This is not the first time critics have questioned the possible misuse of U.S.-supplied military equipment to Israel. Earlier instances involved the sale of bulldozers and other equipment that may have been used to destroy Palestinians’ homes, according to the CRS report.
Biden recently vowed to help Israel replenish its Iron Dome missile defense system, noting it “has saved the lives of countless Israeli citizens, both Arab and Jew.”
The U.S. has already given Israel $1.6 billion for Iron Dome batteries, interceptors and production costs, according to the CRS report. But Biden’s pledge means the White House may request additional funding from Congress for interceptors that were used in the recent conflict.
Biden’s secretary of state, Antony Blinken, boasted about securing an extra $250 million from Congress in 2014 after an earlier conflict between Israel and Hamas. Blinken said he won congressional approval for the money just three days after Israel’s ambassador called him late one evening at the White House.
It might not be so easy this time.
In general, the administration must notify Congress before concluding major foreign military sales. The White House can proceed with the sale – unless Congress passes legislation prohibiting or modifying the proposed deal.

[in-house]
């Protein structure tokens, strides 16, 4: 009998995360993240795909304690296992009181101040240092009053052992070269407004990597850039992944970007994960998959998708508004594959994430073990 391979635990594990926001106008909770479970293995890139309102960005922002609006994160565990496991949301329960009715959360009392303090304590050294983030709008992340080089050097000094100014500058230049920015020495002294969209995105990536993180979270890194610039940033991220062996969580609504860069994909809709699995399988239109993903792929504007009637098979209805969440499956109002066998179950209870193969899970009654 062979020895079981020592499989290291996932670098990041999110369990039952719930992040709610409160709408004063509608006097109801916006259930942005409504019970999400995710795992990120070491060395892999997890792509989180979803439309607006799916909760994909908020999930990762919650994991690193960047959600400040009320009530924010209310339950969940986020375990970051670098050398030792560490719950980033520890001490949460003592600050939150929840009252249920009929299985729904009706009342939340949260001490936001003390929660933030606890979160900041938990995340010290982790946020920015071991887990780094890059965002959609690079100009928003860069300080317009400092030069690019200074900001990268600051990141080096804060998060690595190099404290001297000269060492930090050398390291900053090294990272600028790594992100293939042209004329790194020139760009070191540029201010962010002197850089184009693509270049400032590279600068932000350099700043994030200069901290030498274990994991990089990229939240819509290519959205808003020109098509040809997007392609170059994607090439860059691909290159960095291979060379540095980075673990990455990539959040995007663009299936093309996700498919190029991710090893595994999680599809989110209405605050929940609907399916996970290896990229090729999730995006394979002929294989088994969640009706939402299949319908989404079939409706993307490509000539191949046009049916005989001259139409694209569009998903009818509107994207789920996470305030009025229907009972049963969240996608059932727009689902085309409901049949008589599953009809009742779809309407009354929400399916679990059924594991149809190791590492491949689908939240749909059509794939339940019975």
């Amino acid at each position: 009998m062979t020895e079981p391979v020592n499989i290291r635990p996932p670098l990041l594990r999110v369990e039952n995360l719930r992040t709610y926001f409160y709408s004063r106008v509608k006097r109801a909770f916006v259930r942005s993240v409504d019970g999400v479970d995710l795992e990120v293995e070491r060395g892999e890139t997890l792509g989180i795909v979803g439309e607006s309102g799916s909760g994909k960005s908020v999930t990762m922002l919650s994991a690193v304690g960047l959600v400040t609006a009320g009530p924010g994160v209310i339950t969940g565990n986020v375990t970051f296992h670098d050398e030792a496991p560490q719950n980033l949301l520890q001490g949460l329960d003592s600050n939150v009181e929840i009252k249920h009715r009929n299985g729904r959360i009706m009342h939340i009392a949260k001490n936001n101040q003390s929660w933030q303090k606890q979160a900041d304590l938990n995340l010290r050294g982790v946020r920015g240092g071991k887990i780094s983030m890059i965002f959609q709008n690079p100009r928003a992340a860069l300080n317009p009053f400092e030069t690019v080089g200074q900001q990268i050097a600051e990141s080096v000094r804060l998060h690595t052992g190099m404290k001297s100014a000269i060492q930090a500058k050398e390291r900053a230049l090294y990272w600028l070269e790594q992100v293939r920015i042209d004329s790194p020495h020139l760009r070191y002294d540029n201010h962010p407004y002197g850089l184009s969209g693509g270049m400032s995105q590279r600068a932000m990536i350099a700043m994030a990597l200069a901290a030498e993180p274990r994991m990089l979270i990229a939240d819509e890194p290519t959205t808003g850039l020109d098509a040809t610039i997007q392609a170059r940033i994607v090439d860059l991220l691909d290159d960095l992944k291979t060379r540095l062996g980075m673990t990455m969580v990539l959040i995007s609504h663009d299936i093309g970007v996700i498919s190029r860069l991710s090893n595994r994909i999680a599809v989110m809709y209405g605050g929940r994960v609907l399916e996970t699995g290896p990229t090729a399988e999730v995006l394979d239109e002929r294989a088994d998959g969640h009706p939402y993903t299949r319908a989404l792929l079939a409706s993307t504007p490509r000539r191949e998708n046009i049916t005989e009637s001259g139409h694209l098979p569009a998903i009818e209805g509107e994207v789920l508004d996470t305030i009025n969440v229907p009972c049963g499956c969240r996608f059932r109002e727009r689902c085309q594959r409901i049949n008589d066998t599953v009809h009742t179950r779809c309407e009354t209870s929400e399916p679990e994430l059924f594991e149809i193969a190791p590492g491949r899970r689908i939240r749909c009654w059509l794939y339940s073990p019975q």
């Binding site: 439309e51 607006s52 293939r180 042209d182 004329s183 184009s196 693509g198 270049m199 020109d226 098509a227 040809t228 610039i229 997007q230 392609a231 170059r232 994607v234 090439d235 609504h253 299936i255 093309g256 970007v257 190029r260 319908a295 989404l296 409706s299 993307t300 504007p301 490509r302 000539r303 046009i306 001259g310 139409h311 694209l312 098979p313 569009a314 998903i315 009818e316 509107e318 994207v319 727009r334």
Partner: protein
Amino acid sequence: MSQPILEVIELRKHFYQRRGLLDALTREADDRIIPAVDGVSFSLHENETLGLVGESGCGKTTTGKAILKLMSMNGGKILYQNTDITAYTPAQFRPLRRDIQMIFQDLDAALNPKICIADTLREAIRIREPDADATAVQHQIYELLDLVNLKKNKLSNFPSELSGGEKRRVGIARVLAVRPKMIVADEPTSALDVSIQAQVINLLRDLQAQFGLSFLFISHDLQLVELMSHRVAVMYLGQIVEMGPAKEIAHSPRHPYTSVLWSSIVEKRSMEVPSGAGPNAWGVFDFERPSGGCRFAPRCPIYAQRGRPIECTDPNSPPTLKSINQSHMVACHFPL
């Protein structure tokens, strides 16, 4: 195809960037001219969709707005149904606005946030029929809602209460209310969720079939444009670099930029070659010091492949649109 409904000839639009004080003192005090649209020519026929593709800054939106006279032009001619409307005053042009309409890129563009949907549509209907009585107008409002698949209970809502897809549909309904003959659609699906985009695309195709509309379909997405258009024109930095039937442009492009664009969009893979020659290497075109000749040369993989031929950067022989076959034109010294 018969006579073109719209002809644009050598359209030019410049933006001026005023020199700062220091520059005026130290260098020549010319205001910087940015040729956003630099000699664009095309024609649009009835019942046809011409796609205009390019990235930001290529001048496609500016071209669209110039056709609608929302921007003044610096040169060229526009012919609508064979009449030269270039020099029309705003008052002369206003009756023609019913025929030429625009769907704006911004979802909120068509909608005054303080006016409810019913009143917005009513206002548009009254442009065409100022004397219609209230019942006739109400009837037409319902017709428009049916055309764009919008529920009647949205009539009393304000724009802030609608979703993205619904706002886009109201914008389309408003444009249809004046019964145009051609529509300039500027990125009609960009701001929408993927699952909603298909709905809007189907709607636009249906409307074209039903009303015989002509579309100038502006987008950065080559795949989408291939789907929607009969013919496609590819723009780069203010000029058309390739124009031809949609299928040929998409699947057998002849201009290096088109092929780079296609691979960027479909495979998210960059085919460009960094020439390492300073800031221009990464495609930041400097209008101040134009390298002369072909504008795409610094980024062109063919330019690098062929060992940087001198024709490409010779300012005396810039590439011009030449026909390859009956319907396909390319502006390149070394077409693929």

During the Trump administration, lawmakers tried to block a weapons sale to Saudi Arabia and the United Arab Emirates. But President Donald Trump vetoed the measures, saying they would “weaken America’s global competitiveness and damage the important relationships we share with our allies and partners.”
Mark Mellman, a Democratic pollster and head of a pro-Israel advocacy group, said he expects the debate over U.S. military aid to Israel will percolate and split the party, but progressives will lose any congressional votes – by lopsided margins.
“There’s a side with a very large number of Democrats and a side with a very small number of Democrats,” Mellman said.
Ilan Goldenberg, who worked on Israeli-Palestinian negotiations at the State Department during the Obama administration, said trying to condition U.S. security aid is not likely to be an effective strategy anyway.
“We have a long history of trying to use security assistance as leverage with other countries,” he said in a briefing May 25 hosted by the Israel Policy Forum, which advocates for a two-state solution to the Israeli-Palestinian conflict.
“That doesn’t really work,” he said. Countries don’t walk away from their core political or security interests “for a few billion dollars.”
But Woods says there’s another reason to trim U.S. military aid to Israel: It runs contrary to America’s diplomatic goals in the region.
“The United States is providing a lot of money to rebuild Gaza right now,” she said. “On the other hand, we’re supplying weapons to destroy it.”